Joaquin Phoenix is no stranger to the political statement while accepting an award, but his speech while accepting the Best Actor award at the 2020 Academy Awards (for Joker) took a few weird turns and ended up at…. milk.

“I’m full of so much gratitude right now,” he began. “And I do not feel elevated above any of my fellow nominees or anyone in this room because we share the same love – the love of film – and this form of expression has given me the most extraordinary life. I don’t know what I’d be without it. But I think the greatest gift that it’s given me, and many of us in this room, is the opportunity to use our voice for the voiceless.”

So far, so good. Phoenix continued: I’ve been thinking a lot about some of the distressing issues that we are facing collectively, and I think at times we feel or are made to feel that we champion different causes. But, for me, I see commonality. I think, whether we’re talking about gender inequality or racism, or queer rights or indigenous rights, or animal rights, we’re talking about the fight against injustice. We’re talking about the fight against the belief that one nation, one people, one race, one gender, or one species has the right to dominate, control and use and exploit another with impunity.”

Equating racism to animal rights is certainly a choice, but okay. Phoenix goes down this path a little further:

“I think that we’ve become very disconnected from the natural world and many of us what we’re guilty of is an ego centric world view – the belief that we’re the centre of the universe. We go into the natural world and we plunder it for its resources. We feel entitled to artificially inseminate a cow and when she gives birth we steal our baby, even though her cries of anguish are unmistakable. And then we take our milk that is intended for her calf and we put it in our coffee and our cereal.”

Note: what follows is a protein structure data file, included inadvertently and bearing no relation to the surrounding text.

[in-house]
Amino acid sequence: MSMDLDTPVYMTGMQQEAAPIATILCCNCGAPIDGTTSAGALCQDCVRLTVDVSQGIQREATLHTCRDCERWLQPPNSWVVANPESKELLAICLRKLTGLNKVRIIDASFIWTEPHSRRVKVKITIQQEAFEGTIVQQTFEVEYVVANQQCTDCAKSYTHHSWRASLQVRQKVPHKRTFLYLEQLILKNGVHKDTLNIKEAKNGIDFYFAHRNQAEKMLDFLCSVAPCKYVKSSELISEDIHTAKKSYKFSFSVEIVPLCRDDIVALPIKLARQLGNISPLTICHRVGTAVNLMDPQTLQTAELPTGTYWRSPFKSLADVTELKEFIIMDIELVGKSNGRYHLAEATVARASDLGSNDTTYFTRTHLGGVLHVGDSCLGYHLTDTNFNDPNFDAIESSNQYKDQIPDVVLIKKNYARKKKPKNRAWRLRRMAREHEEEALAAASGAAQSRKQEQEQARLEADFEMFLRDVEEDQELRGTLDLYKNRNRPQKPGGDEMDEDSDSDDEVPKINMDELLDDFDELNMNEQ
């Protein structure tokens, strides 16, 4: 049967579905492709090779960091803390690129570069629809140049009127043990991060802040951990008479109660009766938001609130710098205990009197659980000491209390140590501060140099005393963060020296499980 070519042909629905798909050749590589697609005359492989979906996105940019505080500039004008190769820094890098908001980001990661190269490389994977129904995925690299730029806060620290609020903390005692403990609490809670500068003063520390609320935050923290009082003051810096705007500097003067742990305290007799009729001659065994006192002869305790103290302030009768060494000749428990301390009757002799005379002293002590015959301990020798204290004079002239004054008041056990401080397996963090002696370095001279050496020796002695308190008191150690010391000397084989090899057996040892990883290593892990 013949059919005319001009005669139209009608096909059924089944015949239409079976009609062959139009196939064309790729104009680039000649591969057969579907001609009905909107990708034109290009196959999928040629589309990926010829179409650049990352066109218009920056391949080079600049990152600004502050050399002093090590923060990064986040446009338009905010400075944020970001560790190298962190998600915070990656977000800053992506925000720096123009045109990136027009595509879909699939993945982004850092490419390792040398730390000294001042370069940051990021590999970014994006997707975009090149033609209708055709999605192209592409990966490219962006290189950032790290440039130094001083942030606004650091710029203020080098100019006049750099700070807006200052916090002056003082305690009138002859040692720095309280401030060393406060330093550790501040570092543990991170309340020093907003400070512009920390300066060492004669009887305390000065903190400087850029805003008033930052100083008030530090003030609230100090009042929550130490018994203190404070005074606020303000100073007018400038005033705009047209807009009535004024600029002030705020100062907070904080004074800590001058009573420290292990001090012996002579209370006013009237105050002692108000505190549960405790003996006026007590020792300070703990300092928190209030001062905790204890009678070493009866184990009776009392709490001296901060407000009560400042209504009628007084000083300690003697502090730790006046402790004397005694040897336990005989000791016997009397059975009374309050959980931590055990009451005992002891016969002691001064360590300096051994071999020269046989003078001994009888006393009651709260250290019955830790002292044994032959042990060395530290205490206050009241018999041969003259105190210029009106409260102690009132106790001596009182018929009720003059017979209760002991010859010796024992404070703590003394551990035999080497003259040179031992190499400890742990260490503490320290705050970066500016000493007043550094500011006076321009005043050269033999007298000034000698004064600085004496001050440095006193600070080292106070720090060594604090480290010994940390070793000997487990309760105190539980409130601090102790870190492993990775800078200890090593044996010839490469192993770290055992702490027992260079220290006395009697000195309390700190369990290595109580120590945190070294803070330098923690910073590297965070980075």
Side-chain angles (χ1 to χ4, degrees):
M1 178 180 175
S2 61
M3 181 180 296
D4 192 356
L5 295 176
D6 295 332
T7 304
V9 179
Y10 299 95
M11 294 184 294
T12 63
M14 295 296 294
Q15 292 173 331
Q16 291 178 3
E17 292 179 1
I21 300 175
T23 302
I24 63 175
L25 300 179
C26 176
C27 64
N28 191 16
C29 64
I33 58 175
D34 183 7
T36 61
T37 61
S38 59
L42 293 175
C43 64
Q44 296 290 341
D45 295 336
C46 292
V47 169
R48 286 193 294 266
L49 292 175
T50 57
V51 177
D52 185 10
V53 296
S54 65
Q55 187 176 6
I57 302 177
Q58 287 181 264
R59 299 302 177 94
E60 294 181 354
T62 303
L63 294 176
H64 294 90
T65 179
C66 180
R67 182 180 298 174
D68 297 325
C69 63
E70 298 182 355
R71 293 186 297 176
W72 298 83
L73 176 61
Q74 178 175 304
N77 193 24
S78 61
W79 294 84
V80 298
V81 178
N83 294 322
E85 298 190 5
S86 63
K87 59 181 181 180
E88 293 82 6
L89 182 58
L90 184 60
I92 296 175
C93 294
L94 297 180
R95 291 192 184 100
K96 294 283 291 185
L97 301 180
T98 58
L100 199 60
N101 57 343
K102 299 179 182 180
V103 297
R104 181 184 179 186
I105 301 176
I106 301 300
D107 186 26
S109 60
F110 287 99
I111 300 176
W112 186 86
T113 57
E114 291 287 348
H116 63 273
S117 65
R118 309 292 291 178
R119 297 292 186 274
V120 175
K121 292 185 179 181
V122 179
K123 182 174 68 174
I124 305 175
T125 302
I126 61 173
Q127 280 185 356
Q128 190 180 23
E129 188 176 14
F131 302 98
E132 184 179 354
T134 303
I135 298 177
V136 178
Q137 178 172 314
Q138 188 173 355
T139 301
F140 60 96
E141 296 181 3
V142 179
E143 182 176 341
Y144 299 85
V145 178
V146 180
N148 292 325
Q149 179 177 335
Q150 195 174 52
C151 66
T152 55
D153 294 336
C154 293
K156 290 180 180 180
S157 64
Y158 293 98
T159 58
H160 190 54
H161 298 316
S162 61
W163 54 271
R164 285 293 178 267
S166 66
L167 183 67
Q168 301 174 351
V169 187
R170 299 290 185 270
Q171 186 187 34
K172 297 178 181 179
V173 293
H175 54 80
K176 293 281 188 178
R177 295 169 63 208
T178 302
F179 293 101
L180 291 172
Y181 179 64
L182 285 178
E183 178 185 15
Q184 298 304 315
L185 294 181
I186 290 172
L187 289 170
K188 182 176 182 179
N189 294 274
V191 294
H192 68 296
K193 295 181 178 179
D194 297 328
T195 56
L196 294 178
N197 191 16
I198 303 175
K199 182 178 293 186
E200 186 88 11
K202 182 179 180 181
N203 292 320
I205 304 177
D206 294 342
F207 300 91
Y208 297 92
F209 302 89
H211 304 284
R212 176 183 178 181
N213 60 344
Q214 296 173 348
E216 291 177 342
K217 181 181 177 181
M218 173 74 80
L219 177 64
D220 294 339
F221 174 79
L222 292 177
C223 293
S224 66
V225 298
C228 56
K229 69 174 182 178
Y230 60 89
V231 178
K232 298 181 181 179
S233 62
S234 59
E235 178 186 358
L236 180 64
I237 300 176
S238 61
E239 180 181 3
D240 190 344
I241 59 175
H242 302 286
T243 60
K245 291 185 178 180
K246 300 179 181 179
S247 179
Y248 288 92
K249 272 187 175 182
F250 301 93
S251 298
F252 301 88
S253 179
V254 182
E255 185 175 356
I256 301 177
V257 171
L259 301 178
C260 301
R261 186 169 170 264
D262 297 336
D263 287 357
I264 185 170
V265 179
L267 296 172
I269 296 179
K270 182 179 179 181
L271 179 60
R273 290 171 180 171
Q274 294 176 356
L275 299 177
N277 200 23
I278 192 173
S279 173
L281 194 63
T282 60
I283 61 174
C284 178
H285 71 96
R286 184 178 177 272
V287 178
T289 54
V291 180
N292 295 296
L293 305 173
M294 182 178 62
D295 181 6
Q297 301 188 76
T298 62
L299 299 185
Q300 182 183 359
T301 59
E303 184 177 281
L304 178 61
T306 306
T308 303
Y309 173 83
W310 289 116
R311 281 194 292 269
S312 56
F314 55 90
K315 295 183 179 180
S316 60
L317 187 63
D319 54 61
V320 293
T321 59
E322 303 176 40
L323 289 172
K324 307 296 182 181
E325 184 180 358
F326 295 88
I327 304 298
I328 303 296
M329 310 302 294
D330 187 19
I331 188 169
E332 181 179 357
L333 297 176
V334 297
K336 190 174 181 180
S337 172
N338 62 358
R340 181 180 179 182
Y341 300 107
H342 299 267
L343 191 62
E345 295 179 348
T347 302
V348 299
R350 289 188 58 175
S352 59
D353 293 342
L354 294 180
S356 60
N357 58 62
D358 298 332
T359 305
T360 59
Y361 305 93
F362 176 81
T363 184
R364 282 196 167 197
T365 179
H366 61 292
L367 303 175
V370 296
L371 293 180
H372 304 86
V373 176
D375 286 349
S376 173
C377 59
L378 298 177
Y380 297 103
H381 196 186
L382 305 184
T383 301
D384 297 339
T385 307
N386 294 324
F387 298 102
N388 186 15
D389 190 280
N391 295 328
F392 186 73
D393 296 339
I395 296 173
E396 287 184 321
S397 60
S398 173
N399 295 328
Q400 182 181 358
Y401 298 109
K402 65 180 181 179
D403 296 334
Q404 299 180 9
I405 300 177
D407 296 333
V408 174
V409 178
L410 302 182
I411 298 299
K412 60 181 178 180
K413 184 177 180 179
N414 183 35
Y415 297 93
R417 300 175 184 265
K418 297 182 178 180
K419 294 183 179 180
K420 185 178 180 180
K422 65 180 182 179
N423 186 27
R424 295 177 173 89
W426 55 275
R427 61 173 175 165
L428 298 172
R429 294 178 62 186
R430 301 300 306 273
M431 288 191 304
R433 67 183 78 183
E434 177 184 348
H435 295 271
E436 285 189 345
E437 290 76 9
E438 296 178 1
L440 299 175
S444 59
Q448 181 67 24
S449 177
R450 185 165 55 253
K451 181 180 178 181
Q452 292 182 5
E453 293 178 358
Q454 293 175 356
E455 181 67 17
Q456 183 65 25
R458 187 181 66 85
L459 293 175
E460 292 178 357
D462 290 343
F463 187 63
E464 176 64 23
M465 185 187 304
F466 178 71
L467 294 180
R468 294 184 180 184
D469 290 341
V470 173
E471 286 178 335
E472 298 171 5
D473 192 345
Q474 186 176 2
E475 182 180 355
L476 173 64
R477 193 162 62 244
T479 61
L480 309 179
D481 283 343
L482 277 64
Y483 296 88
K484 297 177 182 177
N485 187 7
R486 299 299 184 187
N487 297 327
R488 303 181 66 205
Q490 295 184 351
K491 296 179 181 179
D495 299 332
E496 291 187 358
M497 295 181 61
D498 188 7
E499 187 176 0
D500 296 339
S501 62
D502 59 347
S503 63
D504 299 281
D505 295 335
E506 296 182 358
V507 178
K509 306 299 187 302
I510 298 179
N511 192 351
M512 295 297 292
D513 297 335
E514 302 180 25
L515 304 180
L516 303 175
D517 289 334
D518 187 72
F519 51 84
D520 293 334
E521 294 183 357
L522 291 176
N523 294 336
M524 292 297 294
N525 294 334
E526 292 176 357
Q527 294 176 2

Milk. We got to milk.

Phoenix ended his speech by calling for forgiveness and empathy, making a profound personal statement that he himself was only onstage thanks to the forgiveness and empathy of others.

“I think we fear the idea of personal change because we think that we have to sacrifice something to give something up but human beings at our best are so inventive and creative and ingenious and I think that, when we use love and compassion as our guiding principles, we can create, development and implement systems of change that are beneficial to all beings and to the environment,” he said.

“Now I have been a scoundrel in my life. I’ve been selfish. I’ve been cruel at times. Hard to work with. And I ungrateful but so many of you in this room have given me a second chance and I think that’s when we are at our best, when we support each other, not when we cancel each other out for past mistakes but when we help each other to grow, when we educate each other to grow, when we educate each other, when we guide each other toward redemption. That is the best of humanity.”

And finally, he mentioned his late brother River Phoenix, a musician, actor and animal activist who died of a drug overdose in 1993.

“When he was 17, my brother wrote this lyric,” Phoenix said. “He said, ‘Run to the rescue with love and peace will follow.’ Thank you.”

There were some great messages in Joaquin’s speech, but TBH everyone got really, really hung up on the milk thing.

It meant that when Renée Zellweger won for Best Actress a few minutes later, everyone was still reeling about the milk thing, and not quite ready to hear a normal speech thanking family and directors and so forth. Oh well! You can’t win ’em all – except for ‘Parasite’, which won heaps. You truly love to see it.

Image: AAP